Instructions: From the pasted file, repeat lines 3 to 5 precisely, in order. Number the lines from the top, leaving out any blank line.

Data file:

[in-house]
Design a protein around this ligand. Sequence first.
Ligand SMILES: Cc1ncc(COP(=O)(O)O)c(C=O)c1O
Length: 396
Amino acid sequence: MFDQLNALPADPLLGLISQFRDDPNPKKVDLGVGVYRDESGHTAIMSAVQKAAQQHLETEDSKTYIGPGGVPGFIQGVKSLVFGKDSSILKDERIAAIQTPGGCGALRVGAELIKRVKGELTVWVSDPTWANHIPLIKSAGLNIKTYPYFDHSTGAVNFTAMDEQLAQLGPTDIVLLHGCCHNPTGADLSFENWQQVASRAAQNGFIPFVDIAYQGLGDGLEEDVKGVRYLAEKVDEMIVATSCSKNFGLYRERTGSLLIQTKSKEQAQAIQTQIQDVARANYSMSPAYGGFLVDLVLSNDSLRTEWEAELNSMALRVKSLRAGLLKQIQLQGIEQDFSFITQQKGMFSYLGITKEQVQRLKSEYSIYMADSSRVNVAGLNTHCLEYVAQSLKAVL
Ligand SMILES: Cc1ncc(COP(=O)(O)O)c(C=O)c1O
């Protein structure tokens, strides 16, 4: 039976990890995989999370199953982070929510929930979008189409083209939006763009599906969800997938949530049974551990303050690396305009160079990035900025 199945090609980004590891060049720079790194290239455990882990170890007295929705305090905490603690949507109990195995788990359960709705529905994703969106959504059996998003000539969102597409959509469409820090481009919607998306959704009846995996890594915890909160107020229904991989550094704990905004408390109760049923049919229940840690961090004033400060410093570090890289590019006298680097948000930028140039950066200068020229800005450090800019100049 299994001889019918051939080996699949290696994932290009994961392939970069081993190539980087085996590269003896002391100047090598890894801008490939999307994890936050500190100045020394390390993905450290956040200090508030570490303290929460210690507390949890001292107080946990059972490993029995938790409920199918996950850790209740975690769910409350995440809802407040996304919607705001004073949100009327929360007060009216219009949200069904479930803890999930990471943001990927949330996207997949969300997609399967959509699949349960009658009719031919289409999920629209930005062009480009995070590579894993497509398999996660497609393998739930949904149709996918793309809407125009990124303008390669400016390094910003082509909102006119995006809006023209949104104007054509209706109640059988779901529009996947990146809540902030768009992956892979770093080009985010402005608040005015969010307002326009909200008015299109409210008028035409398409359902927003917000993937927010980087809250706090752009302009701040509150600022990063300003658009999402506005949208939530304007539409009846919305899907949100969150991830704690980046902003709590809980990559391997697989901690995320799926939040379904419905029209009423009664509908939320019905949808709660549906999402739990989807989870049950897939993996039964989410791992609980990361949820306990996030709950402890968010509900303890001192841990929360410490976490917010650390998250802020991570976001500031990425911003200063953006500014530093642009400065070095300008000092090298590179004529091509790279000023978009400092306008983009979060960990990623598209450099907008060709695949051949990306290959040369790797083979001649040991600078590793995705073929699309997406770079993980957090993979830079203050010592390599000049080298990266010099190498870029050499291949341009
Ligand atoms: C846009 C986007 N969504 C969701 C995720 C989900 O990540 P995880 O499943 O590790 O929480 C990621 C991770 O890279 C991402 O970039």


Ligand SMILES: Cc1ncc(COP(=O)(O)O)c(C=O)c1O
Length: 396
Amino acid sequence: MFDQLNALPADPLLGLISQFRDDPNPKKVDLGVGVYRDESGHTAIMSAVQKAAQQHLETEDSKTYIGPGGVPGFIQGVKSLVFGKDSSILKDERIAAIQTPGGCGALRVGAELIKRVKGELTVWVSDPTWANHIPLIKSAGLNIKTYPYFDHSTGAVNFTAMDEQLAQLGPTDIVLLHGCCHNPTGADLSFENWQQVASRAAQNGFIPFVDIAYQGLGDGLEEDVKGVRYLAEKVDEMIVATSCSKNFGLYRERTGSLLIQTKSKEQAQAIQTQIQDVARANYSMSPAYGGFLVDLVLSNDSLRTEWEAELNSMALRVKSLRAGLLKQIQLQGIEQDFSFITQQKGMFSYLGITKEQVQRLKSEYSIYMADSSRVNVAGLNTHCLEYVAQSLKAVL